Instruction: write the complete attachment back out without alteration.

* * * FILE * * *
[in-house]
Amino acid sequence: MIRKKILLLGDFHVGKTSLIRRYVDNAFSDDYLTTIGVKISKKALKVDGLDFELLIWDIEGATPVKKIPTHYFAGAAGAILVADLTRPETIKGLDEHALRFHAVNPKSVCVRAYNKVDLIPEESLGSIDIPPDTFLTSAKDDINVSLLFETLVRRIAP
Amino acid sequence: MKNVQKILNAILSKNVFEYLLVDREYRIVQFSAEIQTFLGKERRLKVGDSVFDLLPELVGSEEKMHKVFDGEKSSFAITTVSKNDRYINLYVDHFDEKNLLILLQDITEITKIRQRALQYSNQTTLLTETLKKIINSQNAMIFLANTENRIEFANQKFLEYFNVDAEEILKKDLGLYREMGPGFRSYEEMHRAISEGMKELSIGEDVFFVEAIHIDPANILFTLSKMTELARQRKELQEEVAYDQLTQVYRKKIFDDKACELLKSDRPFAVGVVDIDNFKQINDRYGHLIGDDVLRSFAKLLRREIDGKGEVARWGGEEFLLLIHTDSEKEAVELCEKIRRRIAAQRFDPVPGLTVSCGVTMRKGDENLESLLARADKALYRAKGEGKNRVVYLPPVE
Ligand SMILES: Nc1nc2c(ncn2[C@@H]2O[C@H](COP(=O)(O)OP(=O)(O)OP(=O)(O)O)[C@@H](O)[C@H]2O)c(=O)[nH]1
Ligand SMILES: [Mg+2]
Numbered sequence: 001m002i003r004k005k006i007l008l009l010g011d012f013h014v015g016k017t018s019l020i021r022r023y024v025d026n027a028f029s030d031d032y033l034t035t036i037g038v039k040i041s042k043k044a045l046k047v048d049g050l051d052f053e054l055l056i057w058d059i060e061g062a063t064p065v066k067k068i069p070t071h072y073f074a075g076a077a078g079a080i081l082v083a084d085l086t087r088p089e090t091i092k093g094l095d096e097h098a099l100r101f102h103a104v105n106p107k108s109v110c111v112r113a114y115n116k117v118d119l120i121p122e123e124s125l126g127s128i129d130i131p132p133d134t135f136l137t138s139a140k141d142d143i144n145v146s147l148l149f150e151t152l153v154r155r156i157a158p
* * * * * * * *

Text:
[in-house]
Amino acid sequence: MIRKKILLLGDFHVGKTSLIRRYVDNAFSDDYLTTIGVKISKKALKVDGLDFELLIWDIEGATPVKKIPTHYFAGAAGAILVADLTRPETIKGLDEHALRFHAVNPKSVCVRAYNKVDLIPEESLGSIDIPPDTFLTSAKDDINVSLLFETLVRRIAP
Amino acid sequence: MKNVQKILNAILSKNVFEYLLVDREYRIVQFSAEIQTFLGKERRLKVGDSVFDLLPELVGSEEKMHKVFDGEKSSFAITTVSKNDRYINLYVDHFDEKNLLILLQDITEITKIRQRALQYSNQTTLLTETLKKIINSQNAMIFLANTENRIEFANQKFLEYFNVDAEEILKKDLGLYREMGPGFRSYEEMHRAISEGMKELSIGEDVFFVEAIHIDPANILFTLSKMTELARQRKELQEEVAYDQLTQVYRKKIFDDKACELLKSDRPFAVGVVDIDNFKQINDRYGHLIGDDVLRSFAKLLRREIDGKGEVARWGGEEFLLLIHTDSEKEAVELCEKIRRRIAAQRFDPVPGLTVSCGVTMRKGDENLESLLARADKALYRAKGEGKNRVVYLPPVE
Ligand SMILES: Nc1nc2c(ncn2[C@@H]2O[C@H](COP(=O)(O)OP(=O)(O)OP(=O)(O)O)[C@@H](O)[C@H]2O)c(=O)[nH]1
Ligand SMILES: [Mg+2]
Numbered sequence: 001m002i003r004k005k006i007l008l009l010g011d012f013h014v015g016k017t018s019l020i021r022r023y024v025d026n027a028f029s030d031d032y033l034t035t036i037g038v039k040i041s042k043k044a045l046k047v048d049g050l051d052f053e054l055l056i057w058d059i060e061g062a063t064p065v066k067k068i069p070t071h072y073f074a075g076a077a078g079a080i081l082v083a084d085l086t087r088p089e090t091i092k093g094l095d096e097h098a099l100r101f102h103a104v105n106p107k108s109v110c111v112r113a114y115n116k117v118d119l120i121p122e123e124s125l126g127s128i129d130i131p132p133d134t135f136l137t138s139a140k141d142d143i144n145v146s147l148l149f150e151t152l153v154r155r156i157a158p